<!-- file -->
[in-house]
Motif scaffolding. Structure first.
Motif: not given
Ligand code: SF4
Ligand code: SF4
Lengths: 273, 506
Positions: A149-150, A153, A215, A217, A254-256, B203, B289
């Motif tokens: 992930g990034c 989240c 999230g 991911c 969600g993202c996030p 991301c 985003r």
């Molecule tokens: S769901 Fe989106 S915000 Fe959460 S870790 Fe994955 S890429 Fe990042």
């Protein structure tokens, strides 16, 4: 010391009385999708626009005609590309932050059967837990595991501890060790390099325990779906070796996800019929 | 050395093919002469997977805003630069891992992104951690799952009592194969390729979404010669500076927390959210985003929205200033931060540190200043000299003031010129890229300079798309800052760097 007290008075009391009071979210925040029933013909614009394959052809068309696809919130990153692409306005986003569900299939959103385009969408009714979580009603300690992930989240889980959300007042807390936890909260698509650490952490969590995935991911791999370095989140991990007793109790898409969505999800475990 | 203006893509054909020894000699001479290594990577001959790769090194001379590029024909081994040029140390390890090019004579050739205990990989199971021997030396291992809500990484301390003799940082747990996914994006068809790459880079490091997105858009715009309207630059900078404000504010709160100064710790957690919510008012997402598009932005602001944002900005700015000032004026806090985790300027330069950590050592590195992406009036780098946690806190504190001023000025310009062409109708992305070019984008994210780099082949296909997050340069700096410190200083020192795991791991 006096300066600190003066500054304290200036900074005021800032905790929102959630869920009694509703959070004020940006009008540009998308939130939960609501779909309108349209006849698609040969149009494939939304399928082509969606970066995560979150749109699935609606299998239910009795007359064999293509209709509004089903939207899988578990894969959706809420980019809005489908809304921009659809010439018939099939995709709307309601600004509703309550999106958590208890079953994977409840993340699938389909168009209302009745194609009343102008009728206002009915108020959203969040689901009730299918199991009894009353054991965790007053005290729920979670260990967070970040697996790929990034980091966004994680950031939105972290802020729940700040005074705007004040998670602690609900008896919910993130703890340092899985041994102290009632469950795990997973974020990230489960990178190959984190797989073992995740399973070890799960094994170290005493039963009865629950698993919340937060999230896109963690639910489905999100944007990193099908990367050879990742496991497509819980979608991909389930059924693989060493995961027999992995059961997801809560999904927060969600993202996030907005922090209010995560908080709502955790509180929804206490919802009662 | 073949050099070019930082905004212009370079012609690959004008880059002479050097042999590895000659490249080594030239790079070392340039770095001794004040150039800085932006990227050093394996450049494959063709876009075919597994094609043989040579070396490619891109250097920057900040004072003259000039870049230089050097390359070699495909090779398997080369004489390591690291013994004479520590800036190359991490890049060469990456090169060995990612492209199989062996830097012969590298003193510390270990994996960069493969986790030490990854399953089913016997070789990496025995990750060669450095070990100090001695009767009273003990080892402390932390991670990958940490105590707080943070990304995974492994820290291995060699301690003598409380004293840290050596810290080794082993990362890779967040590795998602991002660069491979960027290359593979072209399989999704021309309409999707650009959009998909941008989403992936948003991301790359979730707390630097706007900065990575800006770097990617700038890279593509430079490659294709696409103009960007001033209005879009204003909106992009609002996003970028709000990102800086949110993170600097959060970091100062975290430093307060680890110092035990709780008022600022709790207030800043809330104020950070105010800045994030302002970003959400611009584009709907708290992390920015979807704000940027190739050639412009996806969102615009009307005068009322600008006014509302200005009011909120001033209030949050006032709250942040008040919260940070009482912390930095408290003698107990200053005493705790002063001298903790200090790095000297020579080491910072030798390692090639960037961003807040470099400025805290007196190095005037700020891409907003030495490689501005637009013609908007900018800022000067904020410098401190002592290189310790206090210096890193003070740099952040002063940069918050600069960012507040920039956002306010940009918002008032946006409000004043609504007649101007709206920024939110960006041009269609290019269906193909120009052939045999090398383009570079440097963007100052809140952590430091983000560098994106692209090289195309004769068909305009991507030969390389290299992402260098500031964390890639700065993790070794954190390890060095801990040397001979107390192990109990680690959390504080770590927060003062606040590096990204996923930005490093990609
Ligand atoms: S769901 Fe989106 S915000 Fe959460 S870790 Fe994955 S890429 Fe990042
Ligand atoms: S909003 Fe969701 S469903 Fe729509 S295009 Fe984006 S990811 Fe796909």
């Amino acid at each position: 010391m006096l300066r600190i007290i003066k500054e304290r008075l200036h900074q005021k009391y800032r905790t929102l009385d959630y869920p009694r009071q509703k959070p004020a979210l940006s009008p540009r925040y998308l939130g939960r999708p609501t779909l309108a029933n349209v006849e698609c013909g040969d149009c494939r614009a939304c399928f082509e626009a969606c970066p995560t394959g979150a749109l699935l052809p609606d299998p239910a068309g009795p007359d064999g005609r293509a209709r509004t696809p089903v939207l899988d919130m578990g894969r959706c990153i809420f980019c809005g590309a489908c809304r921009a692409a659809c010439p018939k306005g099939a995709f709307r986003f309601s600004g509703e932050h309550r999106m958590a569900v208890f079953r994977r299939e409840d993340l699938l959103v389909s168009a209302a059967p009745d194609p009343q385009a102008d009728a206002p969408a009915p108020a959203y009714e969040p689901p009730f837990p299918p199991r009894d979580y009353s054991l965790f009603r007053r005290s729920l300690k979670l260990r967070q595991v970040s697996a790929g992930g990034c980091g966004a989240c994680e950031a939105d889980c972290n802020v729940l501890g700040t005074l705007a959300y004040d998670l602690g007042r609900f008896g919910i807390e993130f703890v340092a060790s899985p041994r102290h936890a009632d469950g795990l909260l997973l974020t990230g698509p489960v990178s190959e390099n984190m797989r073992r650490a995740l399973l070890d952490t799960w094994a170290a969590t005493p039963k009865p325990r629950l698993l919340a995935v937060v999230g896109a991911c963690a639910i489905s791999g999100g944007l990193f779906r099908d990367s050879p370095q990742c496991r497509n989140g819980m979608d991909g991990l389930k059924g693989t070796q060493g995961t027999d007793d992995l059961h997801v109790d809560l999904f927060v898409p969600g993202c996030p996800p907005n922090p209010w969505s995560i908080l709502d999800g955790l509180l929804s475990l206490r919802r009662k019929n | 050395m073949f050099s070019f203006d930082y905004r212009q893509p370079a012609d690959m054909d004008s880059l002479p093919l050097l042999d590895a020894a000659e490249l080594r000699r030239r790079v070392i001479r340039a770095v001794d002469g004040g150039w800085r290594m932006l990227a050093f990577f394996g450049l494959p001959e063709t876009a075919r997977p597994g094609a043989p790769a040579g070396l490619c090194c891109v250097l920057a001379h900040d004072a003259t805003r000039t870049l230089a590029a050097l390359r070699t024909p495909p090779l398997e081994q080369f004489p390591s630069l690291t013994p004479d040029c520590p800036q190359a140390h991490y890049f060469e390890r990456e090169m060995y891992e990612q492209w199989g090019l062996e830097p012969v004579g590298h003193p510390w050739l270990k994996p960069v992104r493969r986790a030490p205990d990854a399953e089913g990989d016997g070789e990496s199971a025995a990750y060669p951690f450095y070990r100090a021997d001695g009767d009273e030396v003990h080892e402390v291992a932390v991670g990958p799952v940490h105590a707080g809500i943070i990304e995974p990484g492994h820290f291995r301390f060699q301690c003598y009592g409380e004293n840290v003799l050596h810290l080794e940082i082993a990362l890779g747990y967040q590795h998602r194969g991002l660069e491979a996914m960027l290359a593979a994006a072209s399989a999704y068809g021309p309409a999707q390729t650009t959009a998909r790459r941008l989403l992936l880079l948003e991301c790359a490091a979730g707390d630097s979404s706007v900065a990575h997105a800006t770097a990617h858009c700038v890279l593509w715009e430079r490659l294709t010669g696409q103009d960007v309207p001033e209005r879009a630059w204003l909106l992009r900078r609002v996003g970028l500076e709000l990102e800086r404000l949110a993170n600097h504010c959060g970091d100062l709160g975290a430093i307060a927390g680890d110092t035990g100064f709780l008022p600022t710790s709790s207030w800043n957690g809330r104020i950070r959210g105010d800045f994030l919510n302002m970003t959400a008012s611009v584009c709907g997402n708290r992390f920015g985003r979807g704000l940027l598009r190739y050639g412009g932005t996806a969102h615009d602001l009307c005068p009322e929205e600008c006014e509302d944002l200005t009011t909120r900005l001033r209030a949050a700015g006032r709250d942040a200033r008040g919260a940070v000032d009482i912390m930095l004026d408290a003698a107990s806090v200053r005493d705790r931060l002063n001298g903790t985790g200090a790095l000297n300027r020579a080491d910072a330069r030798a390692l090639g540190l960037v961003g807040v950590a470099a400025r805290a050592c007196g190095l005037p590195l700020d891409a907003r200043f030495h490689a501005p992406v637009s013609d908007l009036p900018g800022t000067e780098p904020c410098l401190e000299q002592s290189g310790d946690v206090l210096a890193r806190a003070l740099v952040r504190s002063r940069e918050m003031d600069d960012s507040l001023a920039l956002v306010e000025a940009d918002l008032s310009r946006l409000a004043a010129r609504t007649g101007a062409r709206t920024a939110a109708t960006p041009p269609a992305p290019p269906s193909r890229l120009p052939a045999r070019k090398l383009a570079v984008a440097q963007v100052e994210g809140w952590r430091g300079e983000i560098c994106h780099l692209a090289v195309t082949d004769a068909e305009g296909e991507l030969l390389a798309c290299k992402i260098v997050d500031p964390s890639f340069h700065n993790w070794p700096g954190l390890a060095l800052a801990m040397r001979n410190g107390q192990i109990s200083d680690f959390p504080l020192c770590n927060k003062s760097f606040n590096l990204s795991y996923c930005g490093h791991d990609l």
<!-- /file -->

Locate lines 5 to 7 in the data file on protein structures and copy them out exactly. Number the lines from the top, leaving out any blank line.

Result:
Ligand code: SF4
Lengths: 273, 506
Positions: A149-150, A153, A215, A217, A254-256, B203, B289